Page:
Visual curiosities: Pareidolias, automatisms of visual perception


When we look at a sky with clouds, it is almost inevitable to begin to distinguish features or silhouettes of faces or animals. There is nothing strange about this, as our brain is designed to recognize familiar shapes in indistinct images.

This phenomenon is known as pareidolia, defined as “the illusory perception of a recognizable form between what is real and what is fantasized, when faced with a vague and random sensory stimulus.” It is not exactly an optical illusion, since it can perfectly be photographed. The illusory nature of pareidolia is only in our recognition, although this can be shared among several observers.

El clásico ejemplo de pareidolia a partir de las nubes del cielo

The classic example of pareidolia from the clouds in the sky.

Furthermore, we are aware of being faced with a free and unreal interpretation. We think “the cloud looks like a face”; If we trully believed that “it is a face”, it would become a hallucination.

Apart from the classic examples with clouds, pareidolia can occur when contemplating any image (even a sound) with random patterns, such as spots and veins on a rock face or pavement, in the profile of mountains or other landscape features, trees, fruits and objects of the most diverse variety. The most commonly perceived shapes are faces, followed by animals, revealing the importance of such recognition.

In both nature and our daily lives, we can find shapes that can be perceived as "faces".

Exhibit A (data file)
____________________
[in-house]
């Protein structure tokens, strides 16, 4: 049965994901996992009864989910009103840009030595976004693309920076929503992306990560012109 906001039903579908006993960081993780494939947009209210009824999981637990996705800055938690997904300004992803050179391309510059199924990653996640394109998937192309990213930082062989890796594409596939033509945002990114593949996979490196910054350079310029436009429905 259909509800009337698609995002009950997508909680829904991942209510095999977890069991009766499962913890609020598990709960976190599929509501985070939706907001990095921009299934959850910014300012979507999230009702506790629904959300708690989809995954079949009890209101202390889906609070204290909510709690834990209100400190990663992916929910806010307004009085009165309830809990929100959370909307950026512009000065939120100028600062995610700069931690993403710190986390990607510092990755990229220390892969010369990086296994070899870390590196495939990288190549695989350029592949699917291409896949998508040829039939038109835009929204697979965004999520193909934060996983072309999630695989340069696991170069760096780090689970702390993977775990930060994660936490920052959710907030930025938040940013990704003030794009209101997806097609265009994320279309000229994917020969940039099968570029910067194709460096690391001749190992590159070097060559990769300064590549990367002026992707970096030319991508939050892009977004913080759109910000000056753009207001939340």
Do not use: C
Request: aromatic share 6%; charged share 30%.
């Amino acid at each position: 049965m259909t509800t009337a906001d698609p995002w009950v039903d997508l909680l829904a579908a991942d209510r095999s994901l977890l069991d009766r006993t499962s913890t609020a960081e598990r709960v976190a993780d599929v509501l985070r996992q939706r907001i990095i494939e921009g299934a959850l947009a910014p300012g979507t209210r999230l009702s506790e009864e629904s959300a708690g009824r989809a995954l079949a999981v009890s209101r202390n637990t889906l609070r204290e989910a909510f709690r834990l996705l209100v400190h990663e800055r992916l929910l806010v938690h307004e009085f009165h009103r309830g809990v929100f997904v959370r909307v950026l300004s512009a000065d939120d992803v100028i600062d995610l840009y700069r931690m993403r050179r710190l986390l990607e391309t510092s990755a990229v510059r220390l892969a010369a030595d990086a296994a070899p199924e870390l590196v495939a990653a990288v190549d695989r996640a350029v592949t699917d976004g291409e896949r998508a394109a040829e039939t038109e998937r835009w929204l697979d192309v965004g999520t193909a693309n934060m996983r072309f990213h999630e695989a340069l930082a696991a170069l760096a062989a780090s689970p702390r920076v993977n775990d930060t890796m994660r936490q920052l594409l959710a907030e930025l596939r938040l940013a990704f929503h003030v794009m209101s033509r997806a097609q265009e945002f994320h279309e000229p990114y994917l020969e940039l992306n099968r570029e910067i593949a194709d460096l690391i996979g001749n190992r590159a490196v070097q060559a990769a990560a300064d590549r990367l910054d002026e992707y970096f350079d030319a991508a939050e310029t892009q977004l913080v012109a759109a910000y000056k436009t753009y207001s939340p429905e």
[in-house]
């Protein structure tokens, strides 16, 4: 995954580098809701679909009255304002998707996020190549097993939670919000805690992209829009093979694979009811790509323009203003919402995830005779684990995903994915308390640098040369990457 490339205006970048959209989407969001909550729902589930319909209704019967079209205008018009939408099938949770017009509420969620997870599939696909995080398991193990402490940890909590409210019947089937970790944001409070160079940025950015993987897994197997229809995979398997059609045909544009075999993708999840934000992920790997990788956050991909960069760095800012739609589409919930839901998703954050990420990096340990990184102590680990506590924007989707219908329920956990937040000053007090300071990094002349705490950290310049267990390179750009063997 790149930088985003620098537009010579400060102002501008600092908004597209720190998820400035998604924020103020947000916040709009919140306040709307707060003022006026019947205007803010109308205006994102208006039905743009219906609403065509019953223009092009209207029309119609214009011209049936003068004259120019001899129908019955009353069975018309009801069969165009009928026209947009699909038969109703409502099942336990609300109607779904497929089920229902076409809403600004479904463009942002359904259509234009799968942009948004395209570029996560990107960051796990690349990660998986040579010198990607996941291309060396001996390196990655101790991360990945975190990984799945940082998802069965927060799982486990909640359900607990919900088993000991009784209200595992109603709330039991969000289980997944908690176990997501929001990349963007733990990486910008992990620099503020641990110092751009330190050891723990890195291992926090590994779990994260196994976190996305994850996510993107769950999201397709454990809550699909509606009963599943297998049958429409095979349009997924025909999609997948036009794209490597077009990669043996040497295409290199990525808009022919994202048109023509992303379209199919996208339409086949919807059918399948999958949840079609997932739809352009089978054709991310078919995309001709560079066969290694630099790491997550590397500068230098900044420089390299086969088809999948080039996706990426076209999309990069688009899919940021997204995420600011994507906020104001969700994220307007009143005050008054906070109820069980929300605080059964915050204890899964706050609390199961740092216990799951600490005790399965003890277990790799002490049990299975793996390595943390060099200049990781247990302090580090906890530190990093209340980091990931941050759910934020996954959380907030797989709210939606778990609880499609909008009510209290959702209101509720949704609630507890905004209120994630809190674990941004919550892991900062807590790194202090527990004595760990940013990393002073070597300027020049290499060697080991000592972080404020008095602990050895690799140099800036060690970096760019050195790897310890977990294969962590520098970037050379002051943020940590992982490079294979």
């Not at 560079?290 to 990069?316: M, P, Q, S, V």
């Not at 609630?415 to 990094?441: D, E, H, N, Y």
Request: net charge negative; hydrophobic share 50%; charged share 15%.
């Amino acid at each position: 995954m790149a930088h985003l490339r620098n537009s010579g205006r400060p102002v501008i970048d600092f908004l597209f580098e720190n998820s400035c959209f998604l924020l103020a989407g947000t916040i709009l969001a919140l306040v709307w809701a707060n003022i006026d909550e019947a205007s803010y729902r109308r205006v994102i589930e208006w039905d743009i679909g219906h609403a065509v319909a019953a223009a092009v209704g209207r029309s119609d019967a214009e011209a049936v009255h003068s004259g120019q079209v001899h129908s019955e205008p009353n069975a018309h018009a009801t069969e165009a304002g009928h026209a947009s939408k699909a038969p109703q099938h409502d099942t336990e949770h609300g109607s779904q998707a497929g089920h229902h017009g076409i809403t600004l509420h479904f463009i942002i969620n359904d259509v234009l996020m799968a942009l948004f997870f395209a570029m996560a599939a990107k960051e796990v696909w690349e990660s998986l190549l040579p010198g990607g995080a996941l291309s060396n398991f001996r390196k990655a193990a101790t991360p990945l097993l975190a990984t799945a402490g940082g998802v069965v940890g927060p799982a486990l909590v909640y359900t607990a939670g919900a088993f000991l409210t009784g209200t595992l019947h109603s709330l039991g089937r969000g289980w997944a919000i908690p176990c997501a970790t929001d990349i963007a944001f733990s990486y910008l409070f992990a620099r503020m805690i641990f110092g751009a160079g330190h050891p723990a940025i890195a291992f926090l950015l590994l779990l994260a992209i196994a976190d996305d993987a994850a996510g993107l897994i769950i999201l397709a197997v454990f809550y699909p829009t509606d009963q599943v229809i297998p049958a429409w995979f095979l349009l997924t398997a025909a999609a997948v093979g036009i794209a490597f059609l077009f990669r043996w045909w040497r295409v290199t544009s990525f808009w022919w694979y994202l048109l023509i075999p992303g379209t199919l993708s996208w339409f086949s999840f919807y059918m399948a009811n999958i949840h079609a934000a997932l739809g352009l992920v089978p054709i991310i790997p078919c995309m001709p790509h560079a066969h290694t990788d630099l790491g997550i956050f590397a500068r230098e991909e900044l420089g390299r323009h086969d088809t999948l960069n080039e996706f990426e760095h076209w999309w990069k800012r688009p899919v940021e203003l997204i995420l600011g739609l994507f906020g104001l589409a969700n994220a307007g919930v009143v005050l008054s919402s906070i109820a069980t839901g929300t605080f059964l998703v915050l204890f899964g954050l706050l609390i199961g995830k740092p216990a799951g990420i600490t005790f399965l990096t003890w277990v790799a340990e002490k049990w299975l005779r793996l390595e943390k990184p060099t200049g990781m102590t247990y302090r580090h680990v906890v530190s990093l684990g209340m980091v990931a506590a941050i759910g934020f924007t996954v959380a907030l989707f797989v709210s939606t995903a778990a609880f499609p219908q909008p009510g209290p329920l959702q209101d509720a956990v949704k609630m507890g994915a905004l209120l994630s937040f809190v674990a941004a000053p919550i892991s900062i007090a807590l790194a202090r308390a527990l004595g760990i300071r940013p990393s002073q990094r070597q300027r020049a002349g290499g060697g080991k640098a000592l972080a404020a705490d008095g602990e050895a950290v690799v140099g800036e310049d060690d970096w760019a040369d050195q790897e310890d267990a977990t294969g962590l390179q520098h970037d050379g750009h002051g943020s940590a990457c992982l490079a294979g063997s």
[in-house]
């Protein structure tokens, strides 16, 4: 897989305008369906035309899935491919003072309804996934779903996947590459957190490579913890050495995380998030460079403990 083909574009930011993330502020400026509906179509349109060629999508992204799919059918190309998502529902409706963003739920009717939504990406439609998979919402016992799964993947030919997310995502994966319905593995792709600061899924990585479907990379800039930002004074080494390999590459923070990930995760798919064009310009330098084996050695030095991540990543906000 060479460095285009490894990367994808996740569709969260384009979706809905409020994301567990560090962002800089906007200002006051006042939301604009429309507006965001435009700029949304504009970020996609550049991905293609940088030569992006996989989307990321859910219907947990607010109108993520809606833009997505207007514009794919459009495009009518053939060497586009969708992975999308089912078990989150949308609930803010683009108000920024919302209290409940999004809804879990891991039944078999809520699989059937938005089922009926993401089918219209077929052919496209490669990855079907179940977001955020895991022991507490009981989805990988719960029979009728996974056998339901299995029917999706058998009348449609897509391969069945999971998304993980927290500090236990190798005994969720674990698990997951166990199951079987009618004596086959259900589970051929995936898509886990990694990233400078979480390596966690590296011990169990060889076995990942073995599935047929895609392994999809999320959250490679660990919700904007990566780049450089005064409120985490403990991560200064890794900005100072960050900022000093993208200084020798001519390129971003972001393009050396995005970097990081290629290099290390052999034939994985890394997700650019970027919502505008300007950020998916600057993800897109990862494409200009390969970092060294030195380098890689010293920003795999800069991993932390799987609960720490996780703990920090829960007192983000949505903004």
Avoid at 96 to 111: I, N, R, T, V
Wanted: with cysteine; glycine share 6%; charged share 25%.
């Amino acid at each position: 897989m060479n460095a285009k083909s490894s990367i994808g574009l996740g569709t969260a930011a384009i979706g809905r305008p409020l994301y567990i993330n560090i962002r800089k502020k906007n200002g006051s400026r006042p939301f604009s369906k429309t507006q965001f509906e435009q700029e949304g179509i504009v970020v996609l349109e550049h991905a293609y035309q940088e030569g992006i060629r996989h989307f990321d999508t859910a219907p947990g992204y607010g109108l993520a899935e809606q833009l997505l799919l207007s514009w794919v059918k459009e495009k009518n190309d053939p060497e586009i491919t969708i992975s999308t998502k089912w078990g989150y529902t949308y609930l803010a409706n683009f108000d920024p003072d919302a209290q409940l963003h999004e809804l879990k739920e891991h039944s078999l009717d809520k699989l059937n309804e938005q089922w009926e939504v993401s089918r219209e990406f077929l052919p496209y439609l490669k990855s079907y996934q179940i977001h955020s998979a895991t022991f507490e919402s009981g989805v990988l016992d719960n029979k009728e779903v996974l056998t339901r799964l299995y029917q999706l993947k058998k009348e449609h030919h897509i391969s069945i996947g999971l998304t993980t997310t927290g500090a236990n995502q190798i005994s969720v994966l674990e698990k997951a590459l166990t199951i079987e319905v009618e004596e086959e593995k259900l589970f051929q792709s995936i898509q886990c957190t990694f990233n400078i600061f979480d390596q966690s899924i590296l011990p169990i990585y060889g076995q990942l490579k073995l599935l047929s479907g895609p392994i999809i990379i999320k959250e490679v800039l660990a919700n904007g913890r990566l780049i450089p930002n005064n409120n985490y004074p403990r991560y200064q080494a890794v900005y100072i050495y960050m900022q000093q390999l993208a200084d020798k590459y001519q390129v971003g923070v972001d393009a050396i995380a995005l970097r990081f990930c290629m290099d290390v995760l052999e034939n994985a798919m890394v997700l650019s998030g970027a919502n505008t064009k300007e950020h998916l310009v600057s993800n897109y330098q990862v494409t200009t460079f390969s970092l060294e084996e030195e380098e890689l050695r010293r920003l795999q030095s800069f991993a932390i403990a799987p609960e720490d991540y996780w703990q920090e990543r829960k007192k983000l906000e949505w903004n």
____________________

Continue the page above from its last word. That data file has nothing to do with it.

In our evolution as a species, the ability to instantly identify human faces and distinguish between friends, enemies, or dangerous animals was, and still can be, an advantage for survival.

We immediately recognize the simple scheme of two small circles inside a large one, plus a line, as a face, automatically and subconsciously (even attributing a certain expression). This implies that we process it as a whole, without a geometric analysis of each part.

A pareidolia present in the landscape.

Neurons have been detected in the ventral fusiform area of ​​the temporal cerebral cortex that activate when seeing any object that can be perceived as a face, almost as quickly as they do for a real face.

These neurons would be neural recognition circuits, present perhaps from birth, in our brain “wiring.” Injury due to trauma, vascular accident or tumour can cause a person to lose the ability to recognize faces, a condition known as prosopagnosia.

Our brain is constantly working to recognize shapes in the world around us. Pareidolia confirms the brain's parallel, automatic, and holistic operation, making it highly efficient.


Pareidolias can be considered a form of apophenia, the experience of seeing patterns and/or connections in random events or meaningless data. Thus, they are the basis of divination methods such as coffee grounds or molybdomancy, as well as psychological tests such as Rorschach inkblots. They often serve as an explanation for paranormal sightings, such as those of mythical animals, ghosts and UFOs.

In art and advertising, they represent a form of subliminal message: recall Dalí's “paranoid-critical method” or campaigns based on “faces” in everyday objects.

Example of a Rorschach inkblot (Rorschach test).

Prof. Rafael I. Barraquer, medical director of the Barraquer Ophthalmology Centre